Court Battles

Justice Thomas rues missed opportunity to curtail government power

Supreme Court Justice Clarence Thomas in an unusual move on Monday issued a dissent that rebuked a decision that he authored 15 years ago.

Thomas on Monday explained how his views on the power of federal administrative agencies have evolved since he penned the 2005 decision in case known as Brand X, which reinforced a legal doctrine that has increasingly faced criticism from conservatives.

In that case, Thomas, writing for the 6-3 majority, sided with the Federal Communications Commission’s interpretation of a telecommunications law provision, rather than the reading of a federal appeals court.

This court term, the justices decided against taking up a case that would have revisited Thomas’s 2005 opinion in Brand X. On Monday, he dissented from his colleagues’ decision, saying he would have welcomed the opportunity.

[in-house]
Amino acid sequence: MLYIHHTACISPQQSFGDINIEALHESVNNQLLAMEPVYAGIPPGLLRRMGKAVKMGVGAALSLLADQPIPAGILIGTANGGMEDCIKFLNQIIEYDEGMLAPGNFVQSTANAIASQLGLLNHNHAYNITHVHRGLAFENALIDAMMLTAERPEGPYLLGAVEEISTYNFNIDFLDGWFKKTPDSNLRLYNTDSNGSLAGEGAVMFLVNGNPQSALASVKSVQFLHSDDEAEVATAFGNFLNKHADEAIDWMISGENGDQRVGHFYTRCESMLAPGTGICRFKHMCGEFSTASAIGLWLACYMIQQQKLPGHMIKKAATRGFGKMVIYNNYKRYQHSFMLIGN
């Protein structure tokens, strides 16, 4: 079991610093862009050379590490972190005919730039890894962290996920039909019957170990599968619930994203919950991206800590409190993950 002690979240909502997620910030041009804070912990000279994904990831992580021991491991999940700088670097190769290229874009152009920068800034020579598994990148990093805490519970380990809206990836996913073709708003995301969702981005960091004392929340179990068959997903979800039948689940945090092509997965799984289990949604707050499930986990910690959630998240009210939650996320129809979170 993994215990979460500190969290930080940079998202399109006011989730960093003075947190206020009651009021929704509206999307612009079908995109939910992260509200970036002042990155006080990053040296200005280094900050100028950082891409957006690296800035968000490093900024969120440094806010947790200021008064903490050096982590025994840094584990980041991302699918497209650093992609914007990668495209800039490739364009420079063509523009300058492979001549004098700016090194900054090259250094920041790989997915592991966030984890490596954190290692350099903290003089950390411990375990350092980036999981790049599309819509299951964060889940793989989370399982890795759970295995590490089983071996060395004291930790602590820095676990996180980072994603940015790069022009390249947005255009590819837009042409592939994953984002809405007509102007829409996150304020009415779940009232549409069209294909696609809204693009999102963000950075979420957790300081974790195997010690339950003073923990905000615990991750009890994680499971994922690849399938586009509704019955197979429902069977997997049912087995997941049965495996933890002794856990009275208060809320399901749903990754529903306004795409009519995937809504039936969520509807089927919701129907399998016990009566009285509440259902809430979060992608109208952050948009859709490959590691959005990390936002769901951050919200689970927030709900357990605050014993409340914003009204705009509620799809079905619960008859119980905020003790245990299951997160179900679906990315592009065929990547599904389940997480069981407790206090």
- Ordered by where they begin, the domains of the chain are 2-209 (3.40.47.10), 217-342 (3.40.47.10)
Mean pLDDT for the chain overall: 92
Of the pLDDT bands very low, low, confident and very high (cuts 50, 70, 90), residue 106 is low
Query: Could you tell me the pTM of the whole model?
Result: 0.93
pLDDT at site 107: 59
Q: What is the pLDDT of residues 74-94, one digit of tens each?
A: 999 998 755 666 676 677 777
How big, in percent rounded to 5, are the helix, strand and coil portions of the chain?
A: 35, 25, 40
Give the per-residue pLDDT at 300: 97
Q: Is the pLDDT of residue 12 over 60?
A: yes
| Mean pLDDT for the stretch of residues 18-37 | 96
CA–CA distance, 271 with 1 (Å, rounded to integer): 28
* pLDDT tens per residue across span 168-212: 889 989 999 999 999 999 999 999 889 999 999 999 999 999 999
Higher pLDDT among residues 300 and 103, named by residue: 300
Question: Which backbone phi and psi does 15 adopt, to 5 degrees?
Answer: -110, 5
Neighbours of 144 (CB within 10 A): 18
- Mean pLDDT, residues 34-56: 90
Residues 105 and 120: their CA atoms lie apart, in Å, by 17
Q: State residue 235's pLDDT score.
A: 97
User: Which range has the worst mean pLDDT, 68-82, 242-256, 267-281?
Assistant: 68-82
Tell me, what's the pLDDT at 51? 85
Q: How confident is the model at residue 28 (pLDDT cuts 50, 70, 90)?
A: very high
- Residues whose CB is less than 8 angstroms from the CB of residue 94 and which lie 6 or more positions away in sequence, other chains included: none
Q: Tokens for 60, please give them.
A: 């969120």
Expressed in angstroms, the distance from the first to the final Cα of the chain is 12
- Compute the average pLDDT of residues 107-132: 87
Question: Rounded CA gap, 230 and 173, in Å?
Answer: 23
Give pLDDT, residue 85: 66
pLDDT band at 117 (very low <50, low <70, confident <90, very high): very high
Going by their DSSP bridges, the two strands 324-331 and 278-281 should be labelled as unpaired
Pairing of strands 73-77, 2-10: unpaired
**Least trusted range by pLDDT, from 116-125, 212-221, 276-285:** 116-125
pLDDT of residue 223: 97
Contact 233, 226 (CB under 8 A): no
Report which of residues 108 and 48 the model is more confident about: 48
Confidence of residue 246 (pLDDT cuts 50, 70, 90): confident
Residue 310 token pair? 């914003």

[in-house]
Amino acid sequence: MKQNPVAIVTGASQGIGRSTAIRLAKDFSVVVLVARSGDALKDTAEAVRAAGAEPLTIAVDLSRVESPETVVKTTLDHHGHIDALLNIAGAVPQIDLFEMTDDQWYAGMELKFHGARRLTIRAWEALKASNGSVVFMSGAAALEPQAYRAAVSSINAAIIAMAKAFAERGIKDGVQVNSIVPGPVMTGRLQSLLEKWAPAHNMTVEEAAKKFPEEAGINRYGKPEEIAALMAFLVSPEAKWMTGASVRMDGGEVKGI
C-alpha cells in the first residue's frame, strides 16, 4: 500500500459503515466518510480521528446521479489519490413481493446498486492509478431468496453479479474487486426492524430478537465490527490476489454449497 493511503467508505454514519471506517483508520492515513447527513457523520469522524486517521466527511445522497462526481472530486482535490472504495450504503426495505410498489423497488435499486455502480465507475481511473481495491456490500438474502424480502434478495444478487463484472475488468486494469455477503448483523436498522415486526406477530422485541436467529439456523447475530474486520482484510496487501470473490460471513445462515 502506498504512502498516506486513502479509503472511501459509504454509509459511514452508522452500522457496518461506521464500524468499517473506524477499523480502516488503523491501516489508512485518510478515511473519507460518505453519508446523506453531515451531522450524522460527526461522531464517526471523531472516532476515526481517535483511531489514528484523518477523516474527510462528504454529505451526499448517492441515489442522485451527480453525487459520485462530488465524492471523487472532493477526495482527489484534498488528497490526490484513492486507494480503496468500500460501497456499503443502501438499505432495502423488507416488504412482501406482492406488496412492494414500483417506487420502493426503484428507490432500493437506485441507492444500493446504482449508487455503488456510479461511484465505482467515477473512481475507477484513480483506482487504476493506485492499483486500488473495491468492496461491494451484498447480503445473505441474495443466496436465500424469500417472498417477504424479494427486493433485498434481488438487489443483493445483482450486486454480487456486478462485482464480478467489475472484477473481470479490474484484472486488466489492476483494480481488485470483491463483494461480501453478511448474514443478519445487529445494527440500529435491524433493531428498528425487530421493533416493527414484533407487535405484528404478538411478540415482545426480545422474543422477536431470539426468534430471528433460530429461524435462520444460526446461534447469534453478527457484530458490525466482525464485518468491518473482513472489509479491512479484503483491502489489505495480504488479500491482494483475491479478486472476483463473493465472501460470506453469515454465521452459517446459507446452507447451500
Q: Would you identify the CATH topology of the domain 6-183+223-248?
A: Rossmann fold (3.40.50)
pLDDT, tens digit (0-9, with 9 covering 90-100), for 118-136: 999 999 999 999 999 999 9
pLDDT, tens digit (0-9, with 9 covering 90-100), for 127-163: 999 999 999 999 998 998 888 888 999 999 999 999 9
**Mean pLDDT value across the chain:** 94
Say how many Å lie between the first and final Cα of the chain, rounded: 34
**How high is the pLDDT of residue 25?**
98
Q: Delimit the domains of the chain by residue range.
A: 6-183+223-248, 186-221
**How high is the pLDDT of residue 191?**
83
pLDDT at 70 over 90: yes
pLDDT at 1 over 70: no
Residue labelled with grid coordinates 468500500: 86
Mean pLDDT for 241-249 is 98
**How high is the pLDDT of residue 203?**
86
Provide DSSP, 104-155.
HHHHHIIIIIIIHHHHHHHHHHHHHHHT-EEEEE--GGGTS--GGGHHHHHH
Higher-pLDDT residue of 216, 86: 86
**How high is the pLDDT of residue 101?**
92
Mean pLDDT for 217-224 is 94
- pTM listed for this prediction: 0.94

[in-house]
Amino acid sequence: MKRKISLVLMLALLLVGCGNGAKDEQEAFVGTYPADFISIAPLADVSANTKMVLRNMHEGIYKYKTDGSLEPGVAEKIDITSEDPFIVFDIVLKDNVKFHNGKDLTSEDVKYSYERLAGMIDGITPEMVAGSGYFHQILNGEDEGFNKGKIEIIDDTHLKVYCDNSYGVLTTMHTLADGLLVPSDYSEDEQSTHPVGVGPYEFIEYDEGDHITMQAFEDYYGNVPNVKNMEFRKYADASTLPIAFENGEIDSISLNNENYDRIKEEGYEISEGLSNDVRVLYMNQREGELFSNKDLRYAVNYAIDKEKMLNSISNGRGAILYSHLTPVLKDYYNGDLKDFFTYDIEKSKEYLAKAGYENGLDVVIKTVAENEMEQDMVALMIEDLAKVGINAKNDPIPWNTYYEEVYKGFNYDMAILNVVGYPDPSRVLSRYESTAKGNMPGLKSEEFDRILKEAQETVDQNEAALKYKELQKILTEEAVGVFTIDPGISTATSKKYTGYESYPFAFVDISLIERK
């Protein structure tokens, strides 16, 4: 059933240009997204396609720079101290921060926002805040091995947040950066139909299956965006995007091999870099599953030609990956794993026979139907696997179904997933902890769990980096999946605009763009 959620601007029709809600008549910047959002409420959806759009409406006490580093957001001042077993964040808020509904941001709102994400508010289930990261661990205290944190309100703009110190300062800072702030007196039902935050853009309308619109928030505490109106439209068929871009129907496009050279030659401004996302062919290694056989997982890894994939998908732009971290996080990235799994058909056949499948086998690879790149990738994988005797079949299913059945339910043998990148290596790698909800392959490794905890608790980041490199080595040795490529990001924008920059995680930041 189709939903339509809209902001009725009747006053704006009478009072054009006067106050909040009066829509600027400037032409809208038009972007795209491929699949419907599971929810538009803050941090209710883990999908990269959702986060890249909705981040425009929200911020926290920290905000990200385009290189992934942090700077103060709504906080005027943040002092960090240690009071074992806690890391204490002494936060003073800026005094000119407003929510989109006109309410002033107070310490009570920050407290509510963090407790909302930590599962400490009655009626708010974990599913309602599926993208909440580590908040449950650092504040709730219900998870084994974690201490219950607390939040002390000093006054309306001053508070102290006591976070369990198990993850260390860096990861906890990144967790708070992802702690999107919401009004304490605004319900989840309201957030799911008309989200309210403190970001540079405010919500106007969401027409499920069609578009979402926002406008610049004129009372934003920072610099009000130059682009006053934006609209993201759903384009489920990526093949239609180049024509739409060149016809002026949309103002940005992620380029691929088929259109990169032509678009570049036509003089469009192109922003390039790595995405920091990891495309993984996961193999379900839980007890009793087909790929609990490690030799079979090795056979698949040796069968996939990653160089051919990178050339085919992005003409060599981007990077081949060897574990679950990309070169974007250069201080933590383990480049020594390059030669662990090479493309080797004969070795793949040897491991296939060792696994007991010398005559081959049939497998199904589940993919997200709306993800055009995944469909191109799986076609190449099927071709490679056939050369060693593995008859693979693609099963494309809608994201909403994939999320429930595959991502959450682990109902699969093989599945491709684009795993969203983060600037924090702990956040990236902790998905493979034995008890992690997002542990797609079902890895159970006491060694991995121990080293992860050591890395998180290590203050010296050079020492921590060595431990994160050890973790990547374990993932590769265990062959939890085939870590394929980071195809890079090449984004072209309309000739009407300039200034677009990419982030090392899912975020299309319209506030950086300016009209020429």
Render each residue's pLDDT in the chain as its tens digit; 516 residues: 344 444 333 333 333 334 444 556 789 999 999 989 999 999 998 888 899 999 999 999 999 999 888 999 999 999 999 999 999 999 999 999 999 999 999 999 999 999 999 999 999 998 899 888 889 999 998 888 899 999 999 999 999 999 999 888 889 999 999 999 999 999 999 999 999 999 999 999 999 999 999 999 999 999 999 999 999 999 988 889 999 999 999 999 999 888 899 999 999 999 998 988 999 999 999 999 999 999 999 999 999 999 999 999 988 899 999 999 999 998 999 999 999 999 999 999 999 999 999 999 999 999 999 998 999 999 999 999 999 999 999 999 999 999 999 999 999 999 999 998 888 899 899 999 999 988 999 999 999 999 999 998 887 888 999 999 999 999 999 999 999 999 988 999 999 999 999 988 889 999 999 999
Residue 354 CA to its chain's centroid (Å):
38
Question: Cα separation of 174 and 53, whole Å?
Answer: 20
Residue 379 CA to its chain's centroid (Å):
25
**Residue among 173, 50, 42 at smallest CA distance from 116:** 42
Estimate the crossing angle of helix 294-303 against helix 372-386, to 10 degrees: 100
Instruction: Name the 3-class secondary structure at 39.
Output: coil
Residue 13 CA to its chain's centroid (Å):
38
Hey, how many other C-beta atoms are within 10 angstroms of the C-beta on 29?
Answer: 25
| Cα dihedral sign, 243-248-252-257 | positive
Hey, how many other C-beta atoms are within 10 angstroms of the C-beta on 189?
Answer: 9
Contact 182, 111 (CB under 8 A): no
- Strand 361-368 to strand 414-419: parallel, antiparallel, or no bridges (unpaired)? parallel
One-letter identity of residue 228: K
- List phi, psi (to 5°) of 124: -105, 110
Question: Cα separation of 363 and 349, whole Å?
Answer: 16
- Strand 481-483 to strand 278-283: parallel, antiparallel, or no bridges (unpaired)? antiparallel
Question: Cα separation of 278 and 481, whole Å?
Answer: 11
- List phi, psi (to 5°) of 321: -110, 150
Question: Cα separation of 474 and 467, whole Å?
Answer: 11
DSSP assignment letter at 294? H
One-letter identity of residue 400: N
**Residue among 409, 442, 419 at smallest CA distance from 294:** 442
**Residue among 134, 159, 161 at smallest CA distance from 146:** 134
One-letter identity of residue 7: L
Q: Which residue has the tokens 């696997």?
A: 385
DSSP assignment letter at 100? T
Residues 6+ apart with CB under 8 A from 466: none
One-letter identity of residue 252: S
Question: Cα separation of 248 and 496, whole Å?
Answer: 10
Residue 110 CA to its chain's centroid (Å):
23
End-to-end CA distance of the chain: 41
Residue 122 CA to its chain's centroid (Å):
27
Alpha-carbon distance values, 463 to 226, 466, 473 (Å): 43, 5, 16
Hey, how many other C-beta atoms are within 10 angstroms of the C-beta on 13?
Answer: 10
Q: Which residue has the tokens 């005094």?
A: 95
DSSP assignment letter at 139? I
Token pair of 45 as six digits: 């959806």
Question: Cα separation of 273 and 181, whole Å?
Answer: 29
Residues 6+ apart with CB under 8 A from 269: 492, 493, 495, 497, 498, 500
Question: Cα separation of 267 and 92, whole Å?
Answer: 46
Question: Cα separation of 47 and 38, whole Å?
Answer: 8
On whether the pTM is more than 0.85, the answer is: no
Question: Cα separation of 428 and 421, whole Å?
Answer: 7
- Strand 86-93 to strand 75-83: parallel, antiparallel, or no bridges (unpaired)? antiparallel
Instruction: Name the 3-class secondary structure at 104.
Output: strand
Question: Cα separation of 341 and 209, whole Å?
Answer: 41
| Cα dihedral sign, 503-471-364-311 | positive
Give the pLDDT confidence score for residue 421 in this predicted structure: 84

“Although I authored Brand X, ‘it is never too late to ‘surrende[r] former views to a better considered position,’” Thomas wrote, borrowing a line from a 1950 case. “Brand X appears to be inconsistent with the Constitution, the Administrative Procedure Act (APA), and traditional tools of statutory interpretation.”

The court’s decision not to take up the newer case means it failed to garner votes from the requisite four justices.

Like Brand X, that newer case, Howard Baldwin v. U.S., raised issues related to so-called Chevron deference. That legal principle stems from a 1984 case and instructs courts to defer to interpretations by federal agencies when guidance from Congress is vague.

Thomas’s opinion on Monday puts him in league with the many conservative critics who blame the 1984 ruling in Chevron v. NRDC with helping to grow and empower the federal bureaucracy.

“Chevron compels judges to abdicate the judicial power without constitutional sanction,” Thomas wrote on Monday, adding, “Chevron also gives federal agencies unconstitutional power.”

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